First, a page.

Everyone remembers their teenage years. Surviving high school, for most North Americans, is a seminal feat in an individual’s life and one that continues to help inform personal identity well into adulthood. Being a teenager can be like living on a battlefield – quite literally for some – or can be some of the best … Continue reading Tannahill’s “Concord Floral” Still Has Room to Grow
Judith Thompson doesn’t exactly write what you would call “light-hearted” fare, despite what the title Perfect Pie might entice you to believe. Taking over Arts Court Theatre only until March 18th, Cart Before the Horse Theatre serves up some highly charged performances that give way to the moments of deep intensity that are characteristic of … Continue reading Cart Before the Horse Bakes up a (Nearly) “Perfect Pie”
written by Ian Huffam Le Long de la Principale (Down Main Street) has a lot going for it: a charming script, talented young actors, a set that is both minimalistic and pretty, and a director who has been able to articulate a sophisticated use of space despite the scarcity of scenic elements. The all-around strength … Continue reading Le Long de la Principale and French-language Theatre: We’re Worth it Too!
Every so often one hears whispers about the seemingly apparent lack of work coming out of the GCTC that excites or speaks to a younger generation of theatre goers. Stuck between the proverbial rock and a hard place, where pleasing a large subscription base often overpowers the desire (or the ability) to produce more provocative … Continue reading “Butcher” Cuts Deep at the Great Canadian Theatre Company
Those of us living in Ottawa understand just how cruel these winter months can be. Despite having a relatively mild and easy December and January this year, these past few weeks in February have given us good reminder that we’re not through it yet. However, no amount of inclement weather could keep Ottawa audiences away … Continue reading Undercurrents Theatre Festival Sees its Best Year Yet
Review by Wes Babcock Man Walks Into a Bar pulls apart the conventions of comedy and theatre to deliver a powerful examination of the roles we inhabit in our real lives. Created by Rachel Blair, and performed by Blair and Blue Bigwood-Mallin, this show aims straight at the centre of the ongoing discussion about … Continue reading Knock Knock: Man Walks into a Bar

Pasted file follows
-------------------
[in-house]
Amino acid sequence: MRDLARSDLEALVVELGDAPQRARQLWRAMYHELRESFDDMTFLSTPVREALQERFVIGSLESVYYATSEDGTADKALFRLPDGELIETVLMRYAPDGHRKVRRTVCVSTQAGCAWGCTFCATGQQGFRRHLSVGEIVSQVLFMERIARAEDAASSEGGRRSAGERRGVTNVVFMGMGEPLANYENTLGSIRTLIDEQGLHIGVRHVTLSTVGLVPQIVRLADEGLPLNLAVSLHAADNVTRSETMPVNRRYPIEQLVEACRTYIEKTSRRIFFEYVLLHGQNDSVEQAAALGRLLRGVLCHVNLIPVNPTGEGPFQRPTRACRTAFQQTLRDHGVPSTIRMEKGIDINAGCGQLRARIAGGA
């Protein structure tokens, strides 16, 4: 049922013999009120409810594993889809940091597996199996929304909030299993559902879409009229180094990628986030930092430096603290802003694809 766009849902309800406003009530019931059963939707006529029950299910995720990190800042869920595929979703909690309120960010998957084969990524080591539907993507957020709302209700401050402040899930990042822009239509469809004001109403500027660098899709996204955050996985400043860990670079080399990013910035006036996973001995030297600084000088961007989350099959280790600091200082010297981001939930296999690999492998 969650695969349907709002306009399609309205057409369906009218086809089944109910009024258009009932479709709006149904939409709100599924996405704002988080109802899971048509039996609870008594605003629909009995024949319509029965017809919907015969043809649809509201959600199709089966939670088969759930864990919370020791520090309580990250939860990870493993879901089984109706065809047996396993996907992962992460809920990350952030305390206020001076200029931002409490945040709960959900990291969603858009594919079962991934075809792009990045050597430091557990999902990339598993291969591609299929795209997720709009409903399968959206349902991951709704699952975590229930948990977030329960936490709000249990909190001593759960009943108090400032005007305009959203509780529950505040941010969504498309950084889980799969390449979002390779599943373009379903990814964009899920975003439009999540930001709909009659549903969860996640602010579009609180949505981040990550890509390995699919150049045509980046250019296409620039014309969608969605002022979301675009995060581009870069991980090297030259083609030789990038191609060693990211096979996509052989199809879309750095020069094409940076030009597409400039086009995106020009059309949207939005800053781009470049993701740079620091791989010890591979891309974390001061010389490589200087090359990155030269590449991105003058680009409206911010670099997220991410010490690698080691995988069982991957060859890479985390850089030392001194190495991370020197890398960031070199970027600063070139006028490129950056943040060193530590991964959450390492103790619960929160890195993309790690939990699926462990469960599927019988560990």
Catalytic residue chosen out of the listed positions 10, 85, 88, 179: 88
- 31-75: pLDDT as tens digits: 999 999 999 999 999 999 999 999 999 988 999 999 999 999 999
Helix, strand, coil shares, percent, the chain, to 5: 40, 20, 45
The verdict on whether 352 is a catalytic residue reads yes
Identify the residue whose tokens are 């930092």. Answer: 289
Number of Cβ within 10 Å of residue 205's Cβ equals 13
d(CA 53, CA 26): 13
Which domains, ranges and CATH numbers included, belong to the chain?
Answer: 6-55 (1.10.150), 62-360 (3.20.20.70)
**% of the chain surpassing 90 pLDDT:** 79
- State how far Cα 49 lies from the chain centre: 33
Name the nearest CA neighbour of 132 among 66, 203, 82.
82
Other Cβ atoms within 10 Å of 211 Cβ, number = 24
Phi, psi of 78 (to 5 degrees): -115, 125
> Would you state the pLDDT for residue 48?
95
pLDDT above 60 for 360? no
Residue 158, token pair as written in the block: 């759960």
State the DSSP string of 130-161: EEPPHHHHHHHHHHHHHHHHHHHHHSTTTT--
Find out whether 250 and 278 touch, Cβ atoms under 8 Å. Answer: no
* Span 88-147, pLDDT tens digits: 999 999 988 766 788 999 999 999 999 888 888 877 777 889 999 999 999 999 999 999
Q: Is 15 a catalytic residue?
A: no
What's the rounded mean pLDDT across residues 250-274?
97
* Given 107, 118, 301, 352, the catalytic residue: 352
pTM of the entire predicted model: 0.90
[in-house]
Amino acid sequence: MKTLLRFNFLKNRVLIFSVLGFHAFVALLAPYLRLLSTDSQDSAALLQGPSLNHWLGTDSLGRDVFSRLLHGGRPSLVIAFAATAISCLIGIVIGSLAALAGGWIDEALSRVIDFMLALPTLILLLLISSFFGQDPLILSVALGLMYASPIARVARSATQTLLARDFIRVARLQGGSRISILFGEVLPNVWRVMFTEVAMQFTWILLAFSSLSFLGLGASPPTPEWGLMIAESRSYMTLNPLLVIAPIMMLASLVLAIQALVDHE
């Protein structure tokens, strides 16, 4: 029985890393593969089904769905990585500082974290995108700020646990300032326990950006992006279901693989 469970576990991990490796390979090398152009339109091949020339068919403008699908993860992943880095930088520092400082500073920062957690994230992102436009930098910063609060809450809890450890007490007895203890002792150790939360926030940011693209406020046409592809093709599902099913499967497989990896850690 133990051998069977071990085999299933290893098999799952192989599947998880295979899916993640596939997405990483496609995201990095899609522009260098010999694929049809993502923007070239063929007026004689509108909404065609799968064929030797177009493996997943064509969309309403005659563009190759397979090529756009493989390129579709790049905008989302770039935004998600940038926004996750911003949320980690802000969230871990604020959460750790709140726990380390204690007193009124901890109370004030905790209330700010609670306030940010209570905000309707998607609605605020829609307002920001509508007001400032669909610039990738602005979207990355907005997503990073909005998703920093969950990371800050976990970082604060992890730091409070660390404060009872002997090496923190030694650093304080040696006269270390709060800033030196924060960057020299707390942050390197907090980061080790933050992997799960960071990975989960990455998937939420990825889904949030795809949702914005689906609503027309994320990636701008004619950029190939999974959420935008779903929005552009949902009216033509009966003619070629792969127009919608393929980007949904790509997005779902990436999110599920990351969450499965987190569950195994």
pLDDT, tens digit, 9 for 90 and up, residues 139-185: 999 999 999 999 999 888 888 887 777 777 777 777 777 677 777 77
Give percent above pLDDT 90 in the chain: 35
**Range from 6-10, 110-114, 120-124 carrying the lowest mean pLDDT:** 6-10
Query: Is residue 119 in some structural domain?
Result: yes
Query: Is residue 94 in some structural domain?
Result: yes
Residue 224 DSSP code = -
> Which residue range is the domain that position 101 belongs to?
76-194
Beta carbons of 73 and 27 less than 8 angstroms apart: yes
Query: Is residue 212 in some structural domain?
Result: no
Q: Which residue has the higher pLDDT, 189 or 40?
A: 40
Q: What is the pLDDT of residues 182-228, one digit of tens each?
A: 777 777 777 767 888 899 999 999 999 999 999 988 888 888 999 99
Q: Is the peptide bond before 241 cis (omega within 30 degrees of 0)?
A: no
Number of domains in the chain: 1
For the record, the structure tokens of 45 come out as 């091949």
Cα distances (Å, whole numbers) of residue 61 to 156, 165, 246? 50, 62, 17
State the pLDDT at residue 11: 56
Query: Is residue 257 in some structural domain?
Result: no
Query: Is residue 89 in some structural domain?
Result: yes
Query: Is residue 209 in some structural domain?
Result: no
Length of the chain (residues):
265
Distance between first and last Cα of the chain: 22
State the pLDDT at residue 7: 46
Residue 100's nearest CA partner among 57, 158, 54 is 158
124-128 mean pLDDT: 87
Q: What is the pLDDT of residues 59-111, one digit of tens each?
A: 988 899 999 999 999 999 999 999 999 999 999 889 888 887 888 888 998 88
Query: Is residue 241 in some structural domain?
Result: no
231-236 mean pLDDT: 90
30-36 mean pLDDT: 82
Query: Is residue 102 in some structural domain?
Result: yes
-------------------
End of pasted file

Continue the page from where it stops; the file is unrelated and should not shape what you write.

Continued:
Monstrous, or, The Miscegenation Advantage starts with a simple question of identity but quickly becomes distracted by unnecessary historical background and underused dramaturgical elements; this show raises issues instead of questions and because of this it becomes impossible to provide answers. Part autobiography, part research, part indictment of racism, part dance, it’s hard to … Continue reading Monstrous, or What’s the Advantage?
The many unnecessary and irrelevant productions of William Shakespeare’s texts have caused me to grow a little jaded. Too often I’m left after two-plus hours unsatisfied and thinking, “yeah, okay, but why now?” Take, for instance, National Theatre London’s most recent production of Hamlet starring Hollywood heavyweight Bennedict Cumberbatch. Try as they might, and despite … Continue reading Jillian Keiley Stages a Stellar Shakespeare
A solid stage ensemble can almost always bring life to a dreary text, making it nigh enjoyable for the viewer. Take for instance Megan Piercey Monafu’s newest play A Little Fire, playing at Arts Court Theatre until January 30th. The text, in itself, still needs some work; however, the acting is what’s really worth watching. … Continue reading Strong Performances Fail to Fan the Flames in “A Little Fire”
“The year is 1945 and Tommy is on a mission to solve a mystery in Lowertown. He does his best sleuthing in Angel Square, a fearsome battleground where French, Protestant and Jewish kids battle on a daily basis. He knows that the answer to the mystery lies somewhere in the cultural divide of Angel Square. … Continue reading “Angel Square” is a thoughtful and well-acted production